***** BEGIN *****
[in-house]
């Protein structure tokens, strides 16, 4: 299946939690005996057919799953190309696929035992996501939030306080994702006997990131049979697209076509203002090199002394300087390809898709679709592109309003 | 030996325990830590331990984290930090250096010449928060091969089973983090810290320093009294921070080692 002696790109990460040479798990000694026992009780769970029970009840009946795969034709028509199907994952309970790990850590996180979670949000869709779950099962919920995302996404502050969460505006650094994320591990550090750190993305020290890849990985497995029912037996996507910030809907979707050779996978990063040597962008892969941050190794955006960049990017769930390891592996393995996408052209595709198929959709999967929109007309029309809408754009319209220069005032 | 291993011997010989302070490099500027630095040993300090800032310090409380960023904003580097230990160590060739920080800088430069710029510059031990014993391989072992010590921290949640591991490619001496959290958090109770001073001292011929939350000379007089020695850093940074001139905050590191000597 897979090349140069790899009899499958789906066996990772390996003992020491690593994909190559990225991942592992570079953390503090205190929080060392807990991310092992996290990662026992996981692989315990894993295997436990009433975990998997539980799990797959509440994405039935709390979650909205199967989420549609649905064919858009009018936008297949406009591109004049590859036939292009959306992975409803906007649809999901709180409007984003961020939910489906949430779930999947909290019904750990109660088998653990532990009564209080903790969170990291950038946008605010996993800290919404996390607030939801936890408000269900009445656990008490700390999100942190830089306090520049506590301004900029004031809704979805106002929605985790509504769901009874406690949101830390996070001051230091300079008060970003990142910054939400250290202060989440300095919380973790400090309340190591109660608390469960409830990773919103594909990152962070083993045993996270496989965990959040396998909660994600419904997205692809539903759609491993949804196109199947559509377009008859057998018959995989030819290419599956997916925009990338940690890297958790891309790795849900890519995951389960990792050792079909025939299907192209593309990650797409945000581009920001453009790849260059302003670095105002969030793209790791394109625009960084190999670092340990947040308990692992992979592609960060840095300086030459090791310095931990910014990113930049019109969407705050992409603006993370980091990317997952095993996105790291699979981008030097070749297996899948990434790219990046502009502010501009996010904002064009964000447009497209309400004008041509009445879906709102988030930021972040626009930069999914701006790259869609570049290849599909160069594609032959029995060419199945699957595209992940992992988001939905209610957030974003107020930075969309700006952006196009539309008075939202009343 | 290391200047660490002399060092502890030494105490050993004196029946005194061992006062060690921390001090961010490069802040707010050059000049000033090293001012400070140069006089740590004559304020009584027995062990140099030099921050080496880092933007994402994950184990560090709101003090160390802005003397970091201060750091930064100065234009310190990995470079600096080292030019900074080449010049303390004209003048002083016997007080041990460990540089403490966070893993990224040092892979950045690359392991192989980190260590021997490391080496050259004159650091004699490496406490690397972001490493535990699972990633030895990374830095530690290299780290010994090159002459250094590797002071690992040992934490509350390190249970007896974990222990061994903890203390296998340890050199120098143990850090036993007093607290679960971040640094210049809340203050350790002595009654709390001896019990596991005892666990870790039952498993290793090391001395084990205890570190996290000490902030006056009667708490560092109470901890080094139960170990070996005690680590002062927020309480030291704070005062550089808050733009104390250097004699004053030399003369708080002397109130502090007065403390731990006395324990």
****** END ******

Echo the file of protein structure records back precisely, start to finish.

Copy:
[in-house]
């Protein structure tokens, strides 16, 4: 299946939690005996057919799953190309696929035992996501939030306080994702006997990131049979697209076509203002090199002394300087390809898709679709592109309003 | 030996325990830590331990984290930090250096010449928060091969089973983090810290320093009294921070080692 002696790109990460040479798990000694026992009780769970029970009840009946795969034709028509199907994952309970790990850590996180979670949000869709779950099962919920995302996404502050969460505006650094994320591990550090750190993305020290890849990985497995029912037996996507910030809907979707050779996978990063040597962008892969941050190794955006960049990017769930390891592996393995996408052209595709198929959709999967929109007309029309809408754009319209220069005032 | 291993011997010989302070490099500027630095040993300090800032310090409380960023904003580097230990160590060739920080800088430069710029510059031990014993391989072992010590921290949640591991490619001496959290958090109770001073001292011929939350000379007089020695850093940074001139905050590191000597 897979090349140069790899009899499958789906066996990772390996003992020491690593994909190559990225991942592992570079953390503090205190929080060392807990991310092992996290990662026992996981692989315990894993295997436990009433975990998997539980799990797959509440994405039935709390979650909205199967989420549609649905064919858009009018936008297949406009591109004049590859036939292009959306992975409803906007649809999901709180409007984003961020939910489906949430779930999947909290019904750990109660088998653990532990009564209080903790969170990291950038946008605010996993800290919404996390607030939801936890408000269900009445656990008490700390999100942190830089306090520049506590301004900029004031809704979805106002929605985790509504769901009874406690949101830390996070001051230091300079008060970003990142910054939400250290202060989440300095919380973790400090309340190591109660608390469960409830990773919103594909990152962070083993045993996270496989965990959040396998909660994600419904997205692809539903759609491993949804196109199947559509377009008859057998018959995989030819290419599956997916925009990338940690890297958790891309790795849900890519995951389960990792050792079909025939299907192209593309990650797409945000581009920001453009790849260059302003670095105002969030793209790791394109625009960084190999670092340990947040308990692992992979592609960060840095300086030459090791310095931990910014990113930049019109969407705050992409603006993370980091990317997952095993996105790291699979981008030097070749297996899948990434790219990046502009502010501009996010904002064009964000447009497209309400004008041509009445879906709102988030930021972040626009930069999914701006790259869609570049290849599909160069594609032959029995060419199945699957595209992940992992988001939905209610957030974003107020930075969309700006952006196009539309008075939202009343 | 290391200047660490002399060092502890030494105490050993004196029946005194061992006062060690921390001090961010490069802040707010050059000049000033090293001012400070140069006089740590004559304020009584027995062990140099030099921050080496880092933007994402994950184990560090709101003090160390802005003397970091201060750091930064100065234009310190990995470079600096080292030019900074080449010049303390004209003048002083016997007080041990460990540089403490966070893993990224040092892979950045690359392991192989980190260590021997490391080496050259004159650091004699490496406490690397972001490493535990699972990633030895990374830095530690290299780290010994090159002459250094590797002071690992040992934490509350390190249970007896974990222990061994903890203390296998340890050199120098143990850090036993007093607290679960971040640094210049809340203050350790002595009654709390001896019990596991005892666990870790039952498993290793090391001395084990205890570190996290000490902030006056009667708490560092109470901890080094139960170990070996005690680590002062927020309480030291704070005062550089808050733009104390250097004699004053030399003369708080002397109130502090007065403390731990006395324990």